Spain reminded us today that it had yet to fully shake off the mindset of Franco’s dictatorship:
“Two Spanish cartoonists have been found guilty of offending the royal family and fined 3,000 euros (Â£2,100) each. Their cartoon, on the front page of the weekly satirical magazine El Jueves in July, depicted Crown Prince Felipe and his wife Letizia having sex.
The edition was pulled from newsstands across the country by police. A judge said that El Jueves’ Guillermo Torres and Manel Fontdevila “had vilified the crown in the most gratuitous and unnecessary way”.
Not that Britain has anything to be proud about, given that it is increasing restricting freedom of speech. At least we do not have this law:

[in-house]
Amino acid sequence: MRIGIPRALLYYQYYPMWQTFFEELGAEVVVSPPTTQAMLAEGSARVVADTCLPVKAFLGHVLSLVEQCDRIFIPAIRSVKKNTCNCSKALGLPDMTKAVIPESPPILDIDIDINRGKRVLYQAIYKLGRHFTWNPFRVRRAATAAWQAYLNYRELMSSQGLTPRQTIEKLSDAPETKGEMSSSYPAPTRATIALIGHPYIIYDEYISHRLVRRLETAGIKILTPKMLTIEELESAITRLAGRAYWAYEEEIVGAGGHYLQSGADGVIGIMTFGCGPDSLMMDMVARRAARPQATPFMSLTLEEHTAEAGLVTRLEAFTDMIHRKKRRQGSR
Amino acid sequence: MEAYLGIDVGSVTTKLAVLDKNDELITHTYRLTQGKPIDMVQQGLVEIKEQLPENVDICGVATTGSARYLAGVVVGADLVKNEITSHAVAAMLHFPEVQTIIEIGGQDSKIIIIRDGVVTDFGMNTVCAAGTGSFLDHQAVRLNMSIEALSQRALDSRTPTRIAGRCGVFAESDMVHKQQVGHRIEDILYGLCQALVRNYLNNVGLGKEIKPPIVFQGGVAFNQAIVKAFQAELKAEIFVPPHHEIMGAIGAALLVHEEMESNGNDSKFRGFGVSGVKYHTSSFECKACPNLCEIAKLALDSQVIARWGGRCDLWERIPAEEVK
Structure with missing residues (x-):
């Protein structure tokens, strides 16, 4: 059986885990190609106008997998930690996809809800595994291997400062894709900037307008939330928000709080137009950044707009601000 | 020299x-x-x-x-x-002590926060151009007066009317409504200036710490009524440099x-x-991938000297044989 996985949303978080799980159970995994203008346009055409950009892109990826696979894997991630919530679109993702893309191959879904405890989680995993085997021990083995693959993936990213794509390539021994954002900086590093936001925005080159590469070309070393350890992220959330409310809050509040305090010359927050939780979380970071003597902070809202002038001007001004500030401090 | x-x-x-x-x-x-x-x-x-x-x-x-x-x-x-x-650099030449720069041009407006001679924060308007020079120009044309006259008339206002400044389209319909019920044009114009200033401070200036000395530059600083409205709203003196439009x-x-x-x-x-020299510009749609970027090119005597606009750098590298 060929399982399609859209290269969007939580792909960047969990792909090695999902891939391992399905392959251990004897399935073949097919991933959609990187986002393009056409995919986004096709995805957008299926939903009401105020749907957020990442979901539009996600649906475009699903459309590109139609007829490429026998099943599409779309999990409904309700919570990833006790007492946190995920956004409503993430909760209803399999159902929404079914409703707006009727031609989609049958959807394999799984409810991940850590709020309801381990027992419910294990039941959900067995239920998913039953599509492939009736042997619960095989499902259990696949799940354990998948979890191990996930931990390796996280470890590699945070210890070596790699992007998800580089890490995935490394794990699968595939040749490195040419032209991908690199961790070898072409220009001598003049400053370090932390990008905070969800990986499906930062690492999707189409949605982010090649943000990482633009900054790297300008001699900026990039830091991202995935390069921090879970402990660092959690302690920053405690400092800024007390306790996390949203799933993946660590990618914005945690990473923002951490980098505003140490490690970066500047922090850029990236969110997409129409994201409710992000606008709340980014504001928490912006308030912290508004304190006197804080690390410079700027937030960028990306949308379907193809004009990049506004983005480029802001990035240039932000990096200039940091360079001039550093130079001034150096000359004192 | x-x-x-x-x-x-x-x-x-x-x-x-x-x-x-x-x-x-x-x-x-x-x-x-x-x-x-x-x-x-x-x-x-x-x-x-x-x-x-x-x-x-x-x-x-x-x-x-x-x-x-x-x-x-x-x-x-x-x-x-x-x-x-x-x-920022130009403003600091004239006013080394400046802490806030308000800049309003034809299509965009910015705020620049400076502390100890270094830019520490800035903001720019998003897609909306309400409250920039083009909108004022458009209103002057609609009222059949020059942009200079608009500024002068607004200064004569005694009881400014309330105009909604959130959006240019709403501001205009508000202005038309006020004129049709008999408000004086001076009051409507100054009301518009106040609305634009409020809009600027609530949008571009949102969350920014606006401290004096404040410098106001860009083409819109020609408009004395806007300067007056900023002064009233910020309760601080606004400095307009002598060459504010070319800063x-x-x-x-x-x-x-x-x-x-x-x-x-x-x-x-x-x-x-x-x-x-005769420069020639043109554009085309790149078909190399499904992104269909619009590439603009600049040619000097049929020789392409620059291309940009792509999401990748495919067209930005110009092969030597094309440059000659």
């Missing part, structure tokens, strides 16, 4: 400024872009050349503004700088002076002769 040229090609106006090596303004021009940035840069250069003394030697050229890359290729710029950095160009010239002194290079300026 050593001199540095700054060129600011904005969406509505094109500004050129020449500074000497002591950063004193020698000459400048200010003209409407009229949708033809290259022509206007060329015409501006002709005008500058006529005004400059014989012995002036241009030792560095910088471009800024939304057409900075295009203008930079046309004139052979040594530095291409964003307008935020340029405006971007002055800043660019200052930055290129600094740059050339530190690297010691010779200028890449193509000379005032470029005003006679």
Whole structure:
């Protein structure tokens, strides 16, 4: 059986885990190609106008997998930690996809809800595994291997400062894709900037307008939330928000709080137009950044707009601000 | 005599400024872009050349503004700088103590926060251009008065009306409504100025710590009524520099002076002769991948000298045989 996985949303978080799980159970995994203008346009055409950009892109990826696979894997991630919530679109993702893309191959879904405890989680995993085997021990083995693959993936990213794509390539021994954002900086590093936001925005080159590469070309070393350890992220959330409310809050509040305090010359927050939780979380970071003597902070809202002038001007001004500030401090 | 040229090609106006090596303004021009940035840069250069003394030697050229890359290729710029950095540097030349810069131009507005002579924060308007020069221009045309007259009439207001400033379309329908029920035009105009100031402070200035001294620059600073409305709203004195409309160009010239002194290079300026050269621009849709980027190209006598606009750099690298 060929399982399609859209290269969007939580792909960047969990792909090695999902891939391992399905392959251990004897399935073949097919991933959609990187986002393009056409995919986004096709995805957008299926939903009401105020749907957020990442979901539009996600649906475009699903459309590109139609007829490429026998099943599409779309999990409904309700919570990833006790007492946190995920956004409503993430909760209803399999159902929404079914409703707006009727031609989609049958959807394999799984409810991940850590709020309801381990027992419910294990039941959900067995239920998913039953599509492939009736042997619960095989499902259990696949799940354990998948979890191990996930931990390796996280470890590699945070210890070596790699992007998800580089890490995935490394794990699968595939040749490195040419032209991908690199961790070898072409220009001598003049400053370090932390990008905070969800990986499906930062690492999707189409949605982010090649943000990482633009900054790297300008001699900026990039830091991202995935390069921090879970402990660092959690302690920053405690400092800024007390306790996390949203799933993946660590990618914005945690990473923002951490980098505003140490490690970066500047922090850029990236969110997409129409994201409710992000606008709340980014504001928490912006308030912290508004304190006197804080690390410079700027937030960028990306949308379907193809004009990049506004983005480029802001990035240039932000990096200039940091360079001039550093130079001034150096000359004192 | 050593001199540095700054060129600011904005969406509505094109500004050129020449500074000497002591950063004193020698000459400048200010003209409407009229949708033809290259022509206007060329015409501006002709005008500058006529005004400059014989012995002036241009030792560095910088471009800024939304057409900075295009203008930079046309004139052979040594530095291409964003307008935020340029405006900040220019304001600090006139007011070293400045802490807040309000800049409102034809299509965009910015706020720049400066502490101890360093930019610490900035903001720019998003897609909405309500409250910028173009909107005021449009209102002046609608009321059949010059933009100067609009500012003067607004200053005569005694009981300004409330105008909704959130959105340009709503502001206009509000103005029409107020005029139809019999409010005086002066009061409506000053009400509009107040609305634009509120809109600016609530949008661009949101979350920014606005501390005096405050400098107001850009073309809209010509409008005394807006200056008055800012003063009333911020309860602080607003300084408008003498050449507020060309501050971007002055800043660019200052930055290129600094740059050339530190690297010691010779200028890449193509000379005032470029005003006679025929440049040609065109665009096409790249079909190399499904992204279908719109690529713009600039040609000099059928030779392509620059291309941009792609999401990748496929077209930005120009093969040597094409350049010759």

“Slandering or defaming the Spanish royal family can carry a sentence of up to two years in prison.”
As a staunch monarchist, this seems to me the worst sort of law. Our monarchy has been through some turbulent times recently, but it has survived and is now thriving because the public has been free to criticise it. Spain should repeal this law now, if it wants its royal family to carry on.
A timely reminder that freedom of speech, despite our protestations, is not all that secure and sacred in Europe.
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Filed in: Civil liberties,Current affairs